Restaurants in Arkansas are welcoming a limited number of patrons back to their dining rooms as over 4,000 people in the state have tested positive for the coronavirus.
Gov. Asa Hutchinson announced Monday the state has seen a total of 4,043 people test positive for the virus, while 94 have died from COVID-19. The totals reflect an increase of three deaths over the weekend, and 59 new cases since Saturday.
Hutchinson said, though he’s concerned about the public not following social distancing guidelines, he’s confident the state can safely loosen restrictions on businesses.
“What you're seeing are… in some instances, what would have stayed open even if you’d had a shelter-in-place environment. So if you go to it our box stores, if you go to… some of the home stores, they've stayed open all through as an essential industry,” Hutchinson said.
Hutchinson delivered his daily press briefing on the pandemic Monday from the headquarters of gas station retailer Murphy USA, originally a subsidiary of Murphy Oil which announced last week it would relocate its headquarters from El Dorado to Houston.
With restaurants now allowed to operate dine-in service at 33% capacity, Health Secretary Dr. Nate Smith said other businesses reopening in Arkansas can face penalties if they do not follow Department of Health guidelines.
“For those industries that we license, of course, compliance with the directive is a condition of their licensure and they could have their license revoked or be shut down,” Smith said. “For those that we don't license we have the option of doing a cease and desist order, but again these are things that we prefer not to have to do because what we're putting in our directives, in our guidance, really benefits everyone.”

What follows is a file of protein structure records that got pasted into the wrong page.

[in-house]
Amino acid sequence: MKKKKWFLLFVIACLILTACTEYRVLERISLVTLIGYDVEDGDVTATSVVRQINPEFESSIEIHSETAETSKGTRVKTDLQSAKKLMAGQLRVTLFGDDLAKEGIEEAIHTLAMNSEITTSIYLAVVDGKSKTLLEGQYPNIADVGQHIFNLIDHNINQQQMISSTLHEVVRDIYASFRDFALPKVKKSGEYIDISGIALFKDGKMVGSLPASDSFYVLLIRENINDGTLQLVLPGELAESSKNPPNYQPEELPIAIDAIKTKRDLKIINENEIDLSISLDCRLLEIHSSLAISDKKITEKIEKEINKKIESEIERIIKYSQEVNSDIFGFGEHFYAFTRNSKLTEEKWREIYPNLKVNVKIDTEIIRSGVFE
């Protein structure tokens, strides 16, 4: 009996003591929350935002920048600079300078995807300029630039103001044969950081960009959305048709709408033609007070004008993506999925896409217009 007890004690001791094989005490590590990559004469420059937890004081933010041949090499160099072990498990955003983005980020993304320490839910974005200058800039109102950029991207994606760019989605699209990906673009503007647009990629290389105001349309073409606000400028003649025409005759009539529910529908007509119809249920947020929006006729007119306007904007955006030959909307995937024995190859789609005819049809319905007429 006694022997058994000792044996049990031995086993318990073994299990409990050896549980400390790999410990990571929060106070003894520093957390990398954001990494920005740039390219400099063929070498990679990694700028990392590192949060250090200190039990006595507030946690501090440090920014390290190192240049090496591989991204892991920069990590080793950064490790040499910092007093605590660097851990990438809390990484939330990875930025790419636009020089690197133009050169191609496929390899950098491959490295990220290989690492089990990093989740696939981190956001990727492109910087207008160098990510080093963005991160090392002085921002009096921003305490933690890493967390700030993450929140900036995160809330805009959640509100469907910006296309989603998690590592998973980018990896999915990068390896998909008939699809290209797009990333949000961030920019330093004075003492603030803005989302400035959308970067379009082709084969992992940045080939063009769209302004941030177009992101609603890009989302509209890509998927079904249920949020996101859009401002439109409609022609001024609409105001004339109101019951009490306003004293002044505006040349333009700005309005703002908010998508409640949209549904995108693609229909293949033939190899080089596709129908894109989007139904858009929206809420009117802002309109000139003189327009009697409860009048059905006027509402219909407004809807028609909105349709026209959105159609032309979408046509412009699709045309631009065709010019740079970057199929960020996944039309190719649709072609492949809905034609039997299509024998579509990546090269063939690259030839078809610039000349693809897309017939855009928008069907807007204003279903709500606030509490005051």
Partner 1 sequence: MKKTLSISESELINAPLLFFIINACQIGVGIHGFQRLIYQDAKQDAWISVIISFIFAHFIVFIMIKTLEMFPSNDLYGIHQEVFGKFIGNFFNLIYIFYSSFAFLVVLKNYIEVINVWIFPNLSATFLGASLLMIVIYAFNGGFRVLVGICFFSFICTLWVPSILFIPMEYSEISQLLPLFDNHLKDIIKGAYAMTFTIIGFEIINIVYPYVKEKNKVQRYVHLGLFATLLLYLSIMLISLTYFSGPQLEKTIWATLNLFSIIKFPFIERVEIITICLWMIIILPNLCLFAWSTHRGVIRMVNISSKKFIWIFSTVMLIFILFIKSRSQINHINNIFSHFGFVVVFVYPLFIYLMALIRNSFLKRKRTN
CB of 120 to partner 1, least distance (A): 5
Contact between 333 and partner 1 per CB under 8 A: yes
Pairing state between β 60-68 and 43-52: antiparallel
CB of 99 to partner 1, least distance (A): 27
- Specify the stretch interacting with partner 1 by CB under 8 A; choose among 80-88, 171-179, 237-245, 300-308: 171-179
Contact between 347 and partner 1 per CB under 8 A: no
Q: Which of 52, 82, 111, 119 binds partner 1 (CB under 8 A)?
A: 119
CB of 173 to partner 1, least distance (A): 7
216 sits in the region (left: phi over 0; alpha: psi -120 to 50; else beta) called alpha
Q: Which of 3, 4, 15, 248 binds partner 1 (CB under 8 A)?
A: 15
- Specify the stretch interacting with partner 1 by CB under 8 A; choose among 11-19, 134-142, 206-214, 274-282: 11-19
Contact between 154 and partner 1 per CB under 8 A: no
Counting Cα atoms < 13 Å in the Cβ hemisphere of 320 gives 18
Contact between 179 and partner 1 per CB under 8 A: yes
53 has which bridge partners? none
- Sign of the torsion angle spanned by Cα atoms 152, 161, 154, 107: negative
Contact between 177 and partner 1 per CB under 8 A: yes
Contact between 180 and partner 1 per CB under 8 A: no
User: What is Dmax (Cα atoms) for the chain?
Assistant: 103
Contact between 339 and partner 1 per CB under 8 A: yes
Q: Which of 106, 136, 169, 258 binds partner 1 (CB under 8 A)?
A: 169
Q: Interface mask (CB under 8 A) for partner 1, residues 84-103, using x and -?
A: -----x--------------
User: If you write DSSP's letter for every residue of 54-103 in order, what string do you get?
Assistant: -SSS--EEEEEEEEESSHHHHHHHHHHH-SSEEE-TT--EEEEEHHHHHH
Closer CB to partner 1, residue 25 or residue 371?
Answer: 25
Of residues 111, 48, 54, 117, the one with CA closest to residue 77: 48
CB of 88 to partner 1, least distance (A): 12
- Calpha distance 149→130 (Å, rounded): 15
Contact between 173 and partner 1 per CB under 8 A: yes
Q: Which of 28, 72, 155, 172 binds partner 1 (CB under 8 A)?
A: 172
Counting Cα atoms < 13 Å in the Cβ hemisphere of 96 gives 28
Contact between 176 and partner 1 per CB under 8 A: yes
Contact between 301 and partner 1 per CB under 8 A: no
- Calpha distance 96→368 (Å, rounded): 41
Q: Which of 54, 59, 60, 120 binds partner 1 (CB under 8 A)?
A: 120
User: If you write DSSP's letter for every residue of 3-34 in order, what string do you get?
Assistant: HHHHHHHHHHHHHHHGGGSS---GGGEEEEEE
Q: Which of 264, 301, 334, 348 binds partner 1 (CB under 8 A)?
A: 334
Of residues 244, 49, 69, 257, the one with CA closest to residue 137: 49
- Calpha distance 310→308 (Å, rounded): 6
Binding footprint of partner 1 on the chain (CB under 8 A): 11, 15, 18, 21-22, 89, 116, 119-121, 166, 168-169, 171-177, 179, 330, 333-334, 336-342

Smith said the state had 803 active coronavirus cases Monday, of which 86 are associated with nursing homes and 278 with correctional facilities. In total, 61 COVID-19 patients are hospitalized in Arkansas, with 11 on mechanical ventilation.
Smith said a total of seven inmates of the Cummins Unit state prison have died from COVID-19, while nine remain hospitalized. Additionally, the number of infections at the Federal Correctional Institution, Forrest City has risen to 332 inmates and 16 staff.
Arkansas Secretary of Commerce Mike Preston said 23,000 self-employed Arkansans have filed for Pandemic Unemployment Assistance payments, which he said will be issued over the next few weeks. Additionally, he said the state is accepting applications for Pandemic Emergency Unemployment Compensation, which extends eligibility for unemployment insurance by 13 weeks for people who were unemployed prior to the coronavirus outbreak.
With over 100,000 Arkansans set to receive unemployment insurance payments this week, Preston said the governor’s decision to restrict only certain businesses has lessened the impact of the COVID-19 pandemic on the state’s economy.
“Despite the large numbers that we see in Arkansas, it could be a lot worse compared to where other states currently stand. And a lot of that, I think, you can attribute to our not sheltering in place,” Preston said. “We’re allowing businesses to stay open in a safe, secure manner.”
Preston said the Arkansas Ready for Business grant program has received 12,300 applications, of which 94% are from businesses with 50 or fewer employees. Of those, he said, just under half are women or minority-owned businesses.
As of Monday, restaurants, gyms, places of worship and outdoor venues are allowed to operate with limitations in Arkansas, as are hair salons, tattoo shops and other cosmetology-related services. Indoor venues such as museums, movie theaters and casinos can resume limited operations on May 18, while recreational swimming pools can open on May 22.